Three Headaches That Do Not Involve No. 4

Brett Favre will get the headlines, but we go inside the numbers to outline the three areas that could be fatal flaws for the Packers during Monday night's showdown against Minnesota.

The Brett Favre Hype Machine will be cranked into overdrive on Thursday, when he's scheduled to meet with reporters in Minneapolis and take part in a midday conference call with Packers beat reporters.

But as the Vikings showed last year — and have shown this year — they don't need Favre to win games. In the Vikings' first two games, wins over Cleveland and Detroit, Favre averaged 7.16 yards per completion. The target for a quarterback is to average 7.50 yards per attempt. Aaron Rodgers has that target beat with 7.93 yards per attempt this season.

And while Favre got the headlines for his stunning last-second touchdown pass to beat the 49ers last week, he was merely 17-of-36 before that final drive.

So, while Favre very well may steal the spotlight by throwing for four touchdowns or reprising his first game against Mike Holmgren by chucking four interceptions, the Packers have much bigger things to concern themselves with as they prepare for Monday night. Three of the Packers' biggest weaknesses will be running headlong into three of the Vikings' biggest strengths.

Packers run offense

If you hadn't watched the Packers all season, you might think their running game isn't that big of an issue. As a pass-first team, Green Bay ranks a respectable 15th in the NFL in rushing with 105.7 yards per game and 16th with a 4.1-yard average.

But 16 carries for 101 yards (6.3 average) have come on the legs of Rodgers and Donald Driver. Ryan Grant is averaging only 3.7 yards on his 56 rushes. By contrast, Adrian Peterson has only three more carries than Grant but has 151 more yards. Or, for another perspective, Grant ranks ninth in the NFL in carries but 14th in yards.

"I thought the training camp that we had this year as far as running the football has been our best training camp getting ready for the season," coach Mike McCarthy said on Monday. "Now, that has not carried over to Sundays the first three weeks of the season, so that's why we work every day."

On the other side of the equation, the Vikings have boasted the league's top-ranked defense the past four seasons. This year, they rank 12th but are allowing only 3.4 yards per carry and have piled up a league-leading 14 tackles for losses on running plays. The longest rush allowed by Minnesota has gone for merely 15 yards.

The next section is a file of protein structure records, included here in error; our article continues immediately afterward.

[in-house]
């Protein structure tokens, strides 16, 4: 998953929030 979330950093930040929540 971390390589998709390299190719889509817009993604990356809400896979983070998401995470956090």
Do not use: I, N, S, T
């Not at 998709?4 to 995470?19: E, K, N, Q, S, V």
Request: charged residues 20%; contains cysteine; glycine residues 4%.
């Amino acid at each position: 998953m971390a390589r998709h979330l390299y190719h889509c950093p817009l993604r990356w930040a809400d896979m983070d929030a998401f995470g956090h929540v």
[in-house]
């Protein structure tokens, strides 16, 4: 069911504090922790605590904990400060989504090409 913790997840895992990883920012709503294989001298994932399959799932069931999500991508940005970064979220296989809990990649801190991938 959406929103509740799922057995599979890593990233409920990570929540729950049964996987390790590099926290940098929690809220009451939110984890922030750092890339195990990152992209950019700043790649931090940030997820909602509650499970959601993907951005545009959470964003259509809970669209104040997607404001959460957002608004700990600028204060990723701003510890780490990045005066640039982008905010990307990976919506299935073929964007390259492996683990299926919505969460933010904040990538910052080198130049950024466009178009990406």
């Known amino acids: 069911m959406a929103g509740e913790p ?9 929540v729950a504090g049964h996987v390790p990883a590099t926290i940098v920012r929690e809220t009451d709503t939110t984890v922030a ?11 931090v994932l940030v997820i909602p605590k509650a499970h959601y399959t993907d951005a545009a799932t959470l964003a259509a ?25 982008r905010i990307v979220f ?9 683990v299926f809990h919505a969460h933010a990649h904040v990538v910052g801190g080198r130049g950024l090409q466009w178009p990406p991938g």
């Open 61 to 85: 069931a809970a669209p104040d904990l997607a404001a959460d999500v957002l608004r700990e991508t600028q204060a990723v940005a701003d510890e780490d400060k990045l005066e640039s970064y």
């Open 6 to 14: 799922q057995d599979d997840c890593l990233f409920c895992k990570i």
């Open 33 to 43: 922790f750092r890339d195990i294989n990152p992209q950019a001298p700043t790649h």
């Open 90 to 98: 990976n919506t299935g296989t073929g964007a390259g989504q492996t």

On Sunday against a Rams front four that isn't very good, the Packers gave it to Grant on first down 17 times. He averaged 2.0 yards on those carries, meaning the offense faced a steady diet of second-and-long. On Monday, they'll face arguably the best front four in the NFL. That's bad news considering what's under the next subhead.

Packers pass blocking

Jared Allen
Tom Olmscheid/AP Images
Even after allowing "only" two sacks last week against the Rams, the Packers have given up a league-high 12 sacks. Both came against right tackle Allen Barbre in the first quarter, though the second can be chalked up to good coverage and Rodgers hanging onto the ball too long.

Rodgers has dropped back to pass 102 times, meaning he's been sacked on 11.8 percent of his dropbacks. Only Cleveland's Brady Quinn (11.9 percent) has been sacked at a higher frequency.

The Vikings, who ranked fourth in the NFL in sacks last year, are tied for sixth with eight sacks. They'll have Ray Edwards (1.5 sacks) going Barbre and All-Pro Jared Allen (2.0 sacks) going up either gimpy left tackle Chad Clifton or fill-in left tackle Daryn Colledge. Mix in a raucous Metrodome and the problems tackles have hearing the quarterback, and this is another huge advantage for Minnesota.

Packers run defense

What can you say about the Vikings' Adrian Peterson? He leads the NFL in rushing with 357 yards. His average of 6.1 yards per attempt ranks second in the league among backs with more than 13 carries per game. His 10 carries of 10 yards or longer ranks second. Peterson moves the chains (tied for NFL lead with 15 first downs) and produces once they're moved (leads the NFL by a mile in first-down rushing). Oh, and as the game goes on, the stronger Peterson gets, as evidenced by his 7.7-yard average after intermission.

The Packers, of course, couldn't stop the Bengals' Cedric Benson and had mixed success last week against the Rams' Steven Jackson. They played with five linebackers for most of that game, a tactic that's not going to work with Favre. For the most part over the last six quarters, the Packers' run defense has been pretty good, but it's the occasional breakdown that's getting them in trouble. A breakdown against Peterson can turn into six points in the blink of an eye.

"If you don't play great leverage and you constrict the running lanes, they're going to come out of there with big runs," defensive coordinator Dom Capers said.

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Bill Huber is publisher of Packer Report magazine and and has written for Packer Report since 1997. E-mail him at, or leave him a question in Packer Report's subscribers-only Packers Pro Club forum. Find Bill on Twitter at and Facebook under Bill Huber.

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